Anyway, repercussion of what we “think” is the case bloom everywhere:
Bob meets some terrific looking girl: says “Ugly”! She’s bewildered, offended: turn out he meant that she’d done something to her hair, her skin, some damn supposedly cosmetic thing. Bob the Romantic, the revolutionary, disapproved, he thought she should be “natural”. Take a look at those henna dreads: is that “natural”? (Take a look at lace, at spiked heels, at tattoos? is that “un”natural?) (What could people do that’s unnatural?)
Anyway, Rousseauian navety rears its head in any generation. Samson thought that uncut hair was natural, godly: the Jew thing to do: for him anyway.
I was in the Whitehorse Tavern in the middle 1960s. I grew the first beard I kept through adulthood in 1965 (at my wife’s request: her friends though I, her senior, was a sixteen year old kid). I’d just trimmed it, it had been getting shovel-shaped, like a pharaoh. Bunch of Scots merchant marines come up to me, pose their wild hair and beards before me, proud as peacocks. “Natural!” they pronounced.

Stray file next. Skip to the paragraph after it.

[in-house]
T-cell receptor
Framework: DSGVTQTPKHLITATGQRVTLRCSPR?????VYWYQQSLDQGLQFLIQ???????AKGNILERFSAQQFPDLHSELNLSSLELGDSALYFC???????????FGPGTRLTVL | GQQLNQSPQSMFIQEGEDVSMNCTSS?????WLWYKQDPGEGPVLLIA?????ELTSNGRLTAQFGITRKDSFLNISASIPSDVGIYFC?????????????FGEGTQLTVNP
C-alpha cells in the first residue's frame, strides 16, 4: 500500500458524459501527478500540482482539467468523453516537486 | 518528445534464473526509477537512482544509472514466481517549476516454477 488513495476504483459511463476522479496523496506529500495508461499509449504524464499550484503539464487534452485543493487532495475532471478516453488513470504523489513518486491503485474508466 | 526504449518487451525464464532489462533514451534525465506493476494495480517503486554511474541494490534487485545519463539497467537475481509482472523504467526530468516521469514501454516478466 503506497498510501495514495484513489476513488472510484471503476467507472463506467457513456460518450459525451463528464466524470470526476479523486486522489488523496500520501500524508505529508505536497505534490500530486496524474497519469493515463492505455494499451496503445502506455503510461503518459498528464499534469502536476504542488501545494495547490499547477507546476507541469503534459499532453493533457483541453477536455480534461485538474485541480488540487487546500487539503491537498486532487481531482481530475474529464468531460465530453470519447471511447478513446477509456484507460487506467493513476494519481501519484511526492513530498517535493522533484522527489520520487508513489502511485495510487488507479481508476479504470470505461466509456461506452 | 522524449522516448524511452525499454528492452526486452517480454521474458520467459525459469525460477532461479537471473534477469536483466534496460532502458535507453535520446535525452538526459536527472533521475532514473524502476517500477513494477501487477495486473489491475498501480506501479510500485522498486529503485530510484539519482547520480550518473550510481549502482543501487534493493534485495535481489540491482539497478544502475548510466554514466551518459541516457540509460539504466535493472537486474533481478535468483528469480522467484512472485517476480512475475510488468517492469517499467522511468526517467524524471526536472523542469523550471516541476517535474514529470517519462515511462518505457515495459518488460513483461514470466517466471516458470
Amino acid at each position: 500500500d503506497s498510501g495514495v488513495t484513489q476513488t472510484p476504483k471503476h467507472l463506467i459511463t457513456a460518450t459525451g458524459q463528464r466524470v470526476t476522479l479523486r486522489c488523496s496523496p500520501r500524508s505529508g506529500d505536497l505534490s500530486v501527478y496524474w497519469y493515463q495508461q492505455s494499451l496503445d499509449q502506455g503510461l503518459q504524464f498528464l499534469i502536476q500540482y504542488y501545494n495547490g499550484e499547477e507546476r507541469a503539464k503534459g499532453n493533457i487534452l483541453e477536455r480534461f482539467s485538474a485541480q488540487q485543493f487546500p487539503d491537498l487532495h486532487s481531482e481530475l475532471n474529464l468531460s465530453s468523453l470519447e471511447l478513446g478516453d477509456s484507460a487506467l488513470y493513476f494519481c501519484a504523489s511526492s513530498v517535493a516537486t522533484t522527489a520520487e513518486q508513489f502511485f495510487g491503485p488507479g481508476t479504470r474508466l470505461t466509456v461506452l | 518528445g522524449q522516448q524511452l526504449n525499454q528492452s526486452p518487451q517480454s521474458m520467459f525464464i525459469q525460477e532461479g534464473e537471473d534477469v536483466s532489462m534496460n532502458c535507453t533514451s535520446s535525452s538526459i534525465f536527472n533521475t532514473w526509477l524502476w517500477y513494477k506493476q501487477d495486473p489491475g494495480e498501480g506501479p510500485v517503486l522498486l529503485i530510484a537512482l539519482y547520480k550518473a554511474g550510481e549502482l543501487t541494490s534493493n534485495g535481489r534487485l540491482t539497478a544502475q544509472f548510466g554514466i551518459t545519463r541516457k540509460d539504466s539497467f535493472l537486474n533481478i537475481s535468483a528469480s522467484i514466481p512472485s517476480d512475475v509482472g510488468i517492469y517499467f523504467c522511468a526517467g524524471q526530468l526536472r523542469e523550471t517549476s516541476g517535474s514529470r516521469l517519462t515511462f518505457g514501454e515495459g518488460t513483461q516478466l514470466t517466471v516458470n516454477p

I wish I could have introduced Bob Marley to them ten years later!
Their “English” was every bit as incomprehensible as Bob’s, would have been a trip.
I like the Rasta God “Jah”: Even Allah is better than Jehovah after two thousand years of repetition. But how many thousand years did the Jews chant Jahweh before Allah started to sound good?
When it comes to smuggling, muling stuff in and out of countries, the great story concerns Thelonius Monk. Banging around Europe, Germany, etc. Mrs. Monk opens the luggage. The officials remark, startled: it’s full of Coke bottles, empties. Mrs. Monk wants the deposit back, 2¢ each!
I trust this will continue to develop, scrapbook style: overwrites have to be edited